The Slovak counts three world titles — won from 2015 to 2017 — five green jerseys and eight stages from the Tour de France, plus one-day races like the 2016 Tour of Flanders and Gent-Wevelgem last week and twice before.
“He’s equal [in fitness to the last two seasons] I would say, perhaps even better this year,” coach and Bora-Hansgrohe sports director Patxi Vila said.
“But year by year, it’s harder for him to win. It’s harder to win with three world titles than with two, or with two than one.
“He’s building up a nice palmarès. He’s probably the rider of his generation, but that means everything is hard for him.”
Niki Terpstra (Quick-Step Floors) flew free at 26 kilometers to race and won the Tour of Flanders solo. His Quick-Step team marked and blocked behind. Sep Vanmarcke (EF Education First-Drapac) and Tiesj Benoot (Lotto-Soudal) attacked the Oude Kwaremont, and Sagan took his turn on the Paterberg, but gesturing and tactics increased with Terpstra’s advantage.
“Tactically, other teams played their cards better than we did,” Vila added. “His shape is good, but winning for Peter is more difficult than the other guys.”
Sagan’s star shined brightest ahead of the race, but within the Quick-Step constellation, little could be done. He and others paid.
Though they may not say it, stars like Greg Van Avermaet (BMC Racing) may fear riding with Sagan into the Oudenaarde final because of his sprint strength. Van Avermaet, Vanmarcke, and Benoot would have hesitated before collaborating with Sagan to reel in Terpstra.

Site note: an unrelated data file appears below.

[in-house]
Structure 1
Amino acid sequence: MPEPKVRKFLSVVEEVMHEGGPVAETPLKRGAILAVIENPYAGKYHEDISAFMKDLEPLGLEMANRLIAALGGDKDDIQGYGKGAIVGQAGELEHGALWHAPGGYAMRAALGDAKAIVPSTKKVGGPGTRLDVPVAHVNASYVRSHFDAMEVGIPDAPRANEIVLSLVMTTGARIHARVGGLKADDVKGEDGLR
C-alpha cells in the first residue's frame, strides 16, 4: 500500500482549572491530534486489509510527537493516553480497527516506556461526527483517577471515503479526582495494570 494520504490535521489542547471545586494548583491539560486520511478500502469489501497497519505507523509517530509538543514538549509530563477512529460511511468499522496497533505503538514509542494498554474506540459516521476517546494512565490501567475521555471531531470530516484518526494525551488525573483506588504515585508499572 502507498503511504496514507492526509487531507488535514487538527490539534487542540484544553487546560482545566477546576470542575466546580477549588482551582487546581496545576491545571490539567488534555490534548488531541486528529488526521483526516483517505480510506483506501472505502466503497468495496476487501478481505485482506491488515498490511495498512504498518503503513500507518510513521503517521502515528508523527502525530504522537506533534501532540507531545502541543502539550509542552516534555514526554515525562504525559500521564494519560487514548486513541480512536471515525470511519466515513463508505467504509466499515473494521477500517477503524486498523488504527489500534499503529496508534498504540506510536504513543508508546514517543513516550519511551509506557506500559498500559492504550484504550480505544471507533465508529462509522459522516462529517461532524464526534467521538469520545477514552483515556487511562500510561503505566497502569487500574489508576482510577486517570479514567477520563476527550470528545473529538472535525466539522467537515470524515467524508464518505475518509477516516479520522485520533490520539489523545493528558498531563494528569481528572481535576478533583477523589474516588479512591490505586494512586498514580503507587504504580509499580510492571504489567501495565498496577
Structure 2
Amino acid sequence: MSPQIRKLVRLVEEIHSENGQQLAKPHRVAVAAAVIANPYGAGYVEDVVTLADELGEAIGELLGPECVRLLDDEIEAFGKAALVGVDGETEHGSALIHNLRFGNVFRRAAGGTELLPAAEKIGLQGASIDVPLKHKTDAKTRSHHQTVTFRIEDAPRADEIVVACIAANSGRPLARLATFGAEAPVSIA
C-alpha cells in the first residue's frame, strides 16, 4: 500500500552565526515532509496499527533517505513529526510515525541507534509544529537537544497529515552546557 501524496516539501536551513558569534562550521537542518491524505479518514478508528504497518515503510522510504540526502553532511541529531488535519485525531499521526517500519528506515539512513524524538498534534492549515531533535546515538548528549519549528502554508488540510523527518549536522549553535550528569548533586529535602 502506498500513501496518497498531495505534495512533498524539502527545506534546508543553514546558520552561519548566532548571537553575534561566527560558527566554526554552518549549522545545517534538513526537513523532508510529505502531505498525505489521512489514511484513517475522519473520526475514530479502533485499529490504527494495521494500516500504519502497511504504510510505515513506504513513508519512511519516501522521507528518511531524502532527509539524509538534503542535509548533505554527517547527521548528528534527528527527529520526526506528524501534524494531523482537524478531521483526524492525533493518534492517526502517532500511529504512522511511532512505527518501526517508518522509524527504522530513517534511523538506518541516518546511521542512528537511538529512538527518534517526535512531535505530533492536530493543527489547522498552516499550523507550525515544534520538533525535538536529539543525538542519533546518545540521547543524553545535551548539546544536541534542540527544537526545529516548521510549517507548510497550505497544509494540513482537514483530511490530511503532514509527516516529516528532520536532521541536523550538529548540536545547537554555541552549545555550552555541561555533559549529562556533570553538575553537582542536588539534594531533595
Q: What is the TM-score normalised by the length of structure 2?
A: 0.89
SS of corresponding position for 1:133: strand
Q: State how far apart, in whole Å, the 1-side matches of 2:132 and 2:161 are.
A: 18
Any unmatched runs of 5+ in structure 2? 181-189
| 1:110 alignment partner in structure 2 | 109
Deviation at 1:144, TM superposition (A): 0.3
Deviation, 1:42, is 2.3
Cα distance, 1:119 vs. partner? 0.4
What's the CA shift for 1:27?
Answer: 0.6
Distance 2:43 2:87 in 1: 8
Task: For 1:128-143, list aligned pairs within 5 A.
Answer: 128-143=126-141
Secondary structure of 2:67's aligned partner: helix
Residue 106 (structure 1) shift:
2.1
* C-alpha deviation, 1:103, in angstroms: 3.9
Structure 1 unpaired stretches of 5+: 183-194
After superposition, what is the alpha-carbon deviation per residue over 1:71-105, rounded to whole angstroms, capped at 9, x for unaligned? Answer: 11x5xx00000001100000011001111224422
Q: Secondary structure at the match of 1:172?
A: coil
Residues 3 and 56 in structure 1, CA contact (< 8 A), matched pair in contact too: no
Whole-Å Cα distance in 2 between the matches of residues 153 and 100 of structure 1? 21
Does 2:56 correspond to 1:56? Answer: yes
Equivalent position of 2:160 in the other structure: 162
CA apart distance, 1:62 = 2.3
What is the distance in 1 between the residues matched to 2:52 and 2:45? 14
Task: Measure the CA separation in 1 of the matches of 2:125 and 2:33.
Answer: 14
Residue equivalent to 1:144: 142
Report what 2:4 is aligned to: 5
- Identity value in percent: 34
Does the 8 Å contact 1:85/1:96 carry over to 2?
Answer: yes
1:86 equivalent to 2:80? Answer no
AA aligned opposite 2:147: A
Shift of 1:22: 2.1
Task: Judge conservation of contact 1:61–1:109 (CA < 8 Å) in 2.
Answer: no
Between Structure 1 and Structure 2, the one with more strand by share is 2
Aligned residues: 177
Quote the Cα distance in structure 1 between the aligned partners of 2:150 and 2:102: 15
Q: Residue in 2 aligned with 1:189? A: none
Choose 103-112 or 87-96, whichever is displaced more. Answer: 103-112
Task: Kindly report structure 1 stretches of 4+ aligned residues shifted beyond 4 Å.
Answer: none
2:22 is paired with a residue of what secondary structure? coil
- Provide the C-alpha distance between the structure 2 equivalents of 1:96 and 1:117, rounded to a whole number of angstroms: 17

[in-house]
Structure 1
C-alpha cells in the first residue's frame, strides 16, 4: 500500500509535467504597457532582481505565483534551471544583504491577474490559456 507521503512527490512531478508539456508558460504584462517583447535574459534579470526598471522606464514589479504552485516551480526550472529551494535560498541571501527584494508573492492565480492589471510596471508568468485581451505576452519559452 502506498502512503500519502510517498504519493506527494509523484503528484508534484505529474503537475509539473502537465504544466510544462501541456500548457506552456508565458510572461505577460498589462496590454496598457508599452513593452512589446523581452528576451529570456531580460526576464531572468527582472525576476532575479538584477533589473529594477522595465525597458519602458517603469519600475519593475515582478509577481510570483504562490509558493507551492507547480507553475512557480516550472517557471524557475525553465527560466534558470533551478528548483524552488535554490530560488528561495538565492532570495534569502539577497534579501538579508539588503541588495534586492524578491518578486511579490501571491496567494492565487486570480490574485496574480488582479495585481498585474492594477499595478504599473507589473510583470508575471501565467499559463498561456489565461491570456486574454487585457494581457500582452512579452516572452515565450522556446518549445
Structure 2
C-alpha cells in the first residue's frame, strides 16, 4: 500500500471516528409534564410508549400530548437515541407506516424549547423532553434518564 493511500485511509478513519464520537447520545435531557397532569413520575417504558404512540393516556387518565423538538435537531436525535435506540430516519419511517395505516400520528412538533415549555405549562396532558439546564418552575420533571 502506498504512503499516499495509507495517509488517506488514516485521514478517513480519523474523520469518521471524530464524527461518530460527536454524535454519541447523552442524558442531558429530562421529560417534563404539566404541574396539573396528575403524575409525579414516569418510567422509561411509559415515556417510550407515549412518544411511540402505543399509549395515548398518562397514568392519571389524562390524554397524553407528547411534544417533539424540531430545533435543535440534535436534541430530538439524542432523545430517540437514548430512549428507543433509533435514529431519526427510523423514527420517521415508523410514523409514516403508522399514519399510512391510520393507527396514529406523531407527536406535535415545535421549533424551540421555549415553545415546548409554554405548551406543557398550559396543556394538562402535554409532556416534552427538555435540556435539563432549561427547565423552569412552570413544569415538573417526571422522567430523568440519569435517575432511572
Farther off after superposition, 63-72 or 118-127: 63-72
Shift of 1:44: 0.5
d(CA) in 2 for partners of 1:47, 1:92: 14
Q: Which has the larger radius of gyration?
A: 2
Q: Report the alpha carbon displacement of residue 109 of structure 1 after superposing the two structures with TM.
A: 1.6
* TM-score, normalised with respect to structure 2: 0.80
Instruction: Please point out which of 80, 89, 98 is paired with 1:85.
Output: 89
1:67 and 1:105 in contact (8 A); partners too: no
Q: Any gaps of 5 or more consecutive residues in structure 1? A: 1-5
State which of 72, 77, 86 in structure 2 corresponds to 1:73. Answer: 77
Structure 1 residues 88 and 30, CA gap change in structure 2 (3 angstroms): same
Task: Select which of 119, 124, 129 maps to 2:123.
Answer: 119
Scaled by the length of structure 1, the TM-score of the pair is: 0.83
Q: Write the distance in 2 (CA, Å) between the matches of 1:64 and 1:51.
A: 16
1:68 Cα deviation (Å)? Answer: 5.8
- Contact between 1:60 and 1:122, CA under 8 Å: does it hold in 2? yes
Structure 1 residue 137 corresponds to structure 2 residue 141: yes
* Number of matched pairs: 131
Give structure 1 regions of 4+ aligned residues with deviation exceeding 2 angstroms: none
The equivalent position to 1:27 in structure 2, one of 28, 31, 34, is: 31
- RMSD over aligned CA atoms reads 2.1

“Don’t ask why, but he’s the reference in the race,” Vila said. “That’s how it is. When he’s racing, he’s a reference point.”
Sagan stood at the center of attention in and out of the group. With his palmarès, odds-makers marked Sagan as the favorite ahead of Flanders. It is the same for the next cobbled monument, Paris-Roubaix on Sunday, too.
It leaves Bora-Hansgrohe and Sagan to analyze what went wrong and what to change before they start the cobbled march from Compiègne.
“It’s easy to say now, but the first thing you needed to do is try to catch Terpstra. If you give him 50 seconds, then it’s over,” Vila added.
“The mistake was that we went into the Kwaremont the last time with Terpstra too far. 50 seconds, that’s a lot. If it was just 20 less, 30 seconds, then you can see him and things probably would’ve been different. That was a mistake that we and the leading group made, but it was too late.
“It was a good race. Simply put, Quick-Step was what we expected. They have more [star] riders and they played their cards perfectly.
“Peter had a good race. He dropped everybody on the last climb, but Terpstra was too far ahead. He said, ‘What do I do?’ He waited for the bunch, but sixth place is not what we were expecting.”
The German WorldTour team built around Sagan’s arrival in 2017 worked for a small group finish and a sprint — just what the rivals aimed to avoid.
“If you look to Gent-Wevelgem and the way he sprinted … We shouldn’t be afraid of arriving in a group of five to six riders and a sprint. We rode well in Gent-Wevelgem like that, actually fantastically well, so it was up to the others to drop Peter.”
He faces his last big one-day appointment of the spring, Paris-Roubaix. For many, top 10s or top 5s would count, but not for Sagan. With his status, followers expect titles and cobbled trophies.
“No [it’s not a failure if he doesn’t win Flanders or Paris-Roubaix]. It’s a failure if you don’t do your race, if you don’t go deep and give 100%,” Vila said.
“[Quick-Step Floors] will do their race [in Paris-Roubaix] and we will try to solve the equation of one or two against three or four.”